PCL's Seals, Oaks: bitter enemies for half a century
by Chuck Barney, Contra Costa Times Staff Writer, July 2, 1997
In the golden age of the Pacific Coast League, professional teams representing the two cities routinely laced up their spikes and went to war. The heated rivalry between the San Francisco Seals and Oakland Oaks began in 1903, the same year major-league baseball christened its World Series. It finally died with the 1955 season, after which the Oaks moved to Vancouver.
Two years later, the Seals captured their 11th and final PCL pennant and then stepped aside as the Giants and big-league baseball arrived in the city.
"Now THAT was a rivalry. There were some very intense games between the Seals and the Oaks," said Dick Dobbins, a longtime Bay Area baseball fan and PCL historian. "Through much of that period, they would play each other in seven-game series and 28 times a season. That made for some real grudge matches. And it wasn't unusual to see fights break out in the stands."
Dobbins, a resident of Alamo, is the co-author of the book, "Nuggets on the Diamond -- Professional Baseball in the Bay Area." He points out that the Seals-Oaks rivalry featured a unique aspect that would never happen today: trans-bay doubleheaders.
"On Sundays, they'd play a morning game in San Francisco and then gather up their stuff, cross the bridge and play another game in Oakland," he said. "It was a way to generate two separate gates."
In many seasons, the quality of PCL baseball was considered close to or on-par with the majors. Joe DiMaggio began his professional career with the Seals as an 18-year-old in 1933 and enjoyed an incredible 61-game hitting streak. Through the years, stars such as Frank Crosetti, Lefty O'Doul and Paul Waner donned Seals uniforms.
The Oaks, who won four PCL pennants in their tenure (1912, '27, '48 and '50), featured such names as Ernie Lombardi, Casey Stengel, Billy Martin and Bill Rigney.
Never was the rivalry more heated than the period from 1946 through '48, according to Dobbins. That's when O'Doul managed San Francisco and Stengel piloted the Oaks.
"Both guys were big showmen. They hated to lose and they fired people up," Dobbins said. "Lefty used to carry a red and white bandanna in his back pocket. When he coached third base, he'd pull it out, wave it at the pitcher and incite the crowd. One year, he bought some for the whole team and San Francisco fans started bringing their own bandannas to the games."
In 1948, the Oaks were steamrolling toward a pennant when controversy erupted during an Aug. 14 game against the Seals. Oakland pitcher Ralph Buxton was within a strike of completing a victory when O'Doul persuaded the home-plate umpire to check Buxton's glove. The umpire found pine tar and confiscated it.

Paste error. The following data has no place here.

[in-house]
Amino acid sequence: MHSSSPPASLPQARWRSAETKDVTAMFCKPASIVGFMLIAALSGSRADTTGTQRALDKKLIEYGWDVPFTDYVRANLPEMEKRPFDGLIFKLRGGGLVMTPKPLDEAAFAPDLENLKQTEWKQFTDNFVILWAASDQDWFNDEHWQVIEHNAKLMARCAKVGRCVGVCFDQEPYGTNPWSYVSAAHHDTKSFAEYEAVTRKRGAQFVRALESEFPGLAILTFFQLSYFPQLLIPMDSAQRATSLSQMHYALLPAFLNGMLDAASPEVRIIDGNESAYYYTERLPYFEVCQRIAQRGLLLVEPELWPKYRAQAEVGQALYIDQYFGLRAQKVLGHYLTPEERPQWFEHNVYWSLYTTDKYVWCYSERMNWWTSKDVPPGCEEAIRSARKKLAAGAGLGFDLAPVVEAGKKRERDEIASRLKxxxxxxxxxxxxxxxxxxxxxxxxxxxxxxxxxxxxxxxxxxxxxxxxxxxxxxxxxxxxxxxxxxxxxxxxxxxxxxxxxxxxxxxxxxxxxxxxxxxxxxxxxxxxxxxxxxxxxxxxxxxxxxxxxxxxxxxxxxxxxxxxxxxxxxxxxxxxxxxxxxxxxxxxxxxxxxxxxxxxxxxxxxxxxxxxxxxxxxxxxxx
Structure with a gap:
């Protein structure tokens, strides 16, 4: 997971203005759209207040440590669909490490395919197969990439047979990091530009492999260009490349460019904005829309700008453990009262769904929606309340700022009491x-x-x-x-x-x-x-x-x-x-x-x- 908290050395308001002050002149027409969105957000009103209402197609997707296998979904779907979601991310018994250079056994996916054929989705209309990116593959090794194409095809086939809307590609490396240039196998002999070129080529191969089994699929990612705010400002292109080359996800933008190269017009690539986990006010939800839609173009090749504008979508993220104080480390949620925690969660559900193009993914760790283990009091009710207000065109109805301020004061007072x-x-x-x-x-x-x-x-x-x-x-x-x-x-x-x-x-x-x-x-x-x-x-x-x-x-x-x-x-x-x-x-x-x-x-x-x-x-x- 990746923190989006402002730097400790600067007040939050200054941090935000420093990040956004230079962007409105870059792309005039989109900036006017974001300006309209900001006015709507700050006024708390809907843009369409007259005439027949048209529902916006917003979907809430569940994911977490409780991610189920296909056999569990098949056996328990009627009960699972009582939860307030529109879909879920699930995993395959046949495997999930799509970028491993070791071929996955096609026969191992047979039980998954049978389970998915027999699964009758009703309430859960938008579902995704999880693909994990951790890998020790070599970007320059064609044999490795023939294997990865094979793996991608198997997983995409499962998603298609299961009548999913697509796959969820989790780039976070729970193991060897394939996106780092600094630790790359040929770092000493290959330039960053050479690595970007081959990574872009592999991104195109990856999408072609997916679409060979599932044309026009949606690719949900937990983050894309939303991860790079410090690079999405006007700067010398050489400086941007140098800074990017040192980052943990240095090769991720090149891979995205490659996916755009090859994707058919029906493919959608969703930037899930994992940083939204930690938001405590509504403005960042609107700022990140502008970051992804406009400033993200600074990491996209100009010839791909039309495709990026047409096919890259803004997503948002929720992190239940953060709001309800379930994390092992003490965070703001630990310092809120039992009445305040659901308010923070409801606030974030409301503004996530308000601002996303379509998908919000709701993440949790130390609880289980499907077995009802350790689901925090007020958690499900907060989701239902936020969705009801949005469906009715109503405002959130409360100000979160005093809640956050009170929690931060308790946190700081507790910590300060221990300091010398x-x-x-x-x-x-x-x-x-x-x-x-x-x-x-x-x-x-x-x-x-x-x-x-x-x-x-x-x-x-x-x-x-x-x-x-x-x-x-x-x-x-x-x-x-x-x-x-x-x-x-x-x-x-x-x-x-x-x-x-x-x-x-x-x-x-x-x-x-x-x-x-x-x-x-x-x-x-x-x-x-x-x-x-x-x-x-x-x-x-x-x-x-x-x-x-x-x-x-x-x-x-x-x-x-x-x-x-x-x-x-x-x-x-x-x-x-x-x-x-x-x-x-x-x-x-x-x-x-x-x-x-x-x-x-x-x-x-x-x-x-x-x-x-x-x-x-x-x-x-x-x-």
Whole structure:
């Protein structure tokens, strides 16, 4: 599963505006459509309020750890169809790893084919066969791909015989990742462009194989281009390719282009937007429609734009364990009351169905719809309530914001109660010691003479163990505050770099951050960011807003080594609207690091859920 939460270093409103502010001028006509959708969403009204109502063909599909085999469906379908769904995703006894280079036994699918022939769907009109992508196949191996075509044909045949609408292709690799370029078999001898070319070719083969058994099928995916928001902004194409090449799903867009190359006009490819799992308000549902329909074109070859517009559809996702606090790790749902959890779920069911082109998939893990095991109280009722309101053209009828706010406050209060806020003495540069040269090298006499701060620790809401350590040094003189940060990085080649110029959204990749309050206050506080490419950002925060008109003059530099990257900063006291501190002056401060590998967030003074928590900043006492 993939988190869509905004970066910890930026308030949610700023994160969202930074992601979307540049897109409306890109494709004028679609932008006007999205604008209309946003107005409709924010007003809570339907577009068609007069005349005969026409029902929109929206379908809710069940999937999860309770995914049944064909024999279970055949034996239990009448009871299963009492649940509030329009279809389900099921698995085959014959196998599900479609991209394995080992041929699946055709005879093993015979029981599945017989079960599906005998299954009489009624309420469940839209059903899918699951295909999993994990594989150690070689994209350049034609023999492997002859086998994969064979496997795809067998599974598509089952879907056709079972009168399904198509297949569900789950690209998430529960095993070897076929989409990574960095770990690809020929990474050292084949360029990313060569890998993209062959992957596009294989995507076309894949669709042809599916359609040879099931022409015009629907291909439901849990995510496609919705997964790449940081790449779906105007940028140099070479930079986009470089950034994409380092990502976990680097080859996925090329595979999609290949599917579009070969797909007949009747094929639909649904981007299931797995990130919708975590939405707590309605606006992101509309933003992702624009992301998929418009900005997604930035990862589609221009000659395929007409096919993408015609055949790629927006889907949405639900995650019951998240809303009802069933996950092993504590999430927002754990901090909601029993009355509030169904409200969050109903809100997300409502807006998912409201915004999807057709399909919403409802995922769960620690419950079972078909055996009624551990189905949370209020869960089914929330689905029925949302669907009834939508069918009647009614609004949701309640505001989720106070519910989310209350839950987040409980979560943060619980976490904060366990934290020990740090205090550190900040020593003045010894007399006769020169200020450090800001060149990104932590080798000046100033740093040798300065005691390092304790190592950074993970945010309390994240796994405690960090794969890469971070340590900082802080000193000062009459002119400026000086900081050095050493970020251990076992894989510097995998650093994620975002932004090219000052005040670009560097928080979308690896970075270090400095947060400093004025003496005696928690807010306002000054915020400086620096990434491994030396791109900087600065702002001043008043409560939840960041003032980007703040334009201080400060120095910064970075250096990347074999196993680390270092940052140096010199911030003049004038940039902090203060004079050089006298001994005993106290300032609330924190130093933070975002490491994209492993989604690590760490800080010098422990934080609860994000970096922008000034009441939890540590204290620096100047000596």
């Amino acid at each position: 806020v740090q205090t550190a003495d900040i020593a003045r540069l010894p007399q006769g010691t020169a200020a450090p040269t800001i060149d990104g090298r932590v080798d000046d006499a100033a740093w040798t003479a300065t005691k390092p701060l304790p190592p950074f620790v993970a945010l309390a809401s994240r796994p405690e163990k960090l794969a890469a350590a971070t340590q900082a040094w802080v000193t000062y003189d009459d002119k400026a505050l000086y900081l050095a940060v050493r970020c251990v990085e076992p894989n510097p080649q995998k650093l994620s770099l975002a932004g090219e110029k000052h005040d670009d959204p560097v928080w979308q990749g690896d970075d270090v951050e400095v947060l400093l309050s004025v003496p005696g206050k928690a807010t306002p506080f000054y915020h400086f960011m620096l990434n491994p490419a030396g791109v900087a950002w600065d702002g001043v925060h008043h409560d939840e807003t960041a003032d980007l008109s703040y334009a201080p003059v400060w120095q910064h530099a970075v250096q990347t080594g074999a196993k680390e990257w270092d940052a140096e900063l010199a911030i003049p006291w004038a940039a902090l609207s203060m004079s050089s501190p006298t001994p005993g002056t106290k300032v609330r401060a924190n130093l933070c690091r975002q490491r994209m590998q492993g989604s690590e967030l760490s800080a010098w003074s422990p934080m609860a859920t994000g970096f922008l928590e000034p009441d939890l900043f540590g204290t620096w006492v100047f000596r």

However, because Buxton was allowed to finish the game, O'Doul protested to league offices. Buxton was suspended for 10 days and the Oaks were forced to replay the ninth inning. After lots of wrangling, the Oaks traveled to San Francisco on Sept. 21 to play the single inning (before a Seals game with Seattle). The result was the same.
In 1909, one of the most remarkable games in PCL history was played between the two teams. Oakland's Jimmy Wiggs and San Francisco's Cack Henley hooked up in an epic pitching duel. Each threw shutout ball over 23 innings. As news of their battle traveled through town, what had been a small crowd grew bigger and bigger. Finally, the Seals scored a run with two outs in the bottom of the 24th inning to win the game.
Occasionally, of course, the bad blood between the two teams boiled over. In 1917, a season-long feud between Oaks catcher Dan Murray and Seals pitcher Casey Smith climaxed on the final day of the season. After the game, Murray waited for Smith outside the locker room and greeted him with a punch to the face. A wild fistfight ensued as teammates struggled to separate the two.
In 1955, O'Doul was hired to manage the Oaks. But even he failed to boost to the team's sagging performances on the field and at the box office. It was announced that the team would move. On Sept. 4, only 2,941 fans showed up at the tiny Emeryville ballpark to watch the season finale and the last showdown between the Oaks and Seals. San Francisco swept the doubleheader 9-5 and 3-0.
In the next day's issue of the San Francisco Chronicle, sportswriter Bob Stevens wrote that the "fans straggled out, peeking unhappily every so often at the lifeless diamond as they threaded their way home, never again to come back to the ballpark that for 53 years produced heartaches, thrills, champions and never a bum."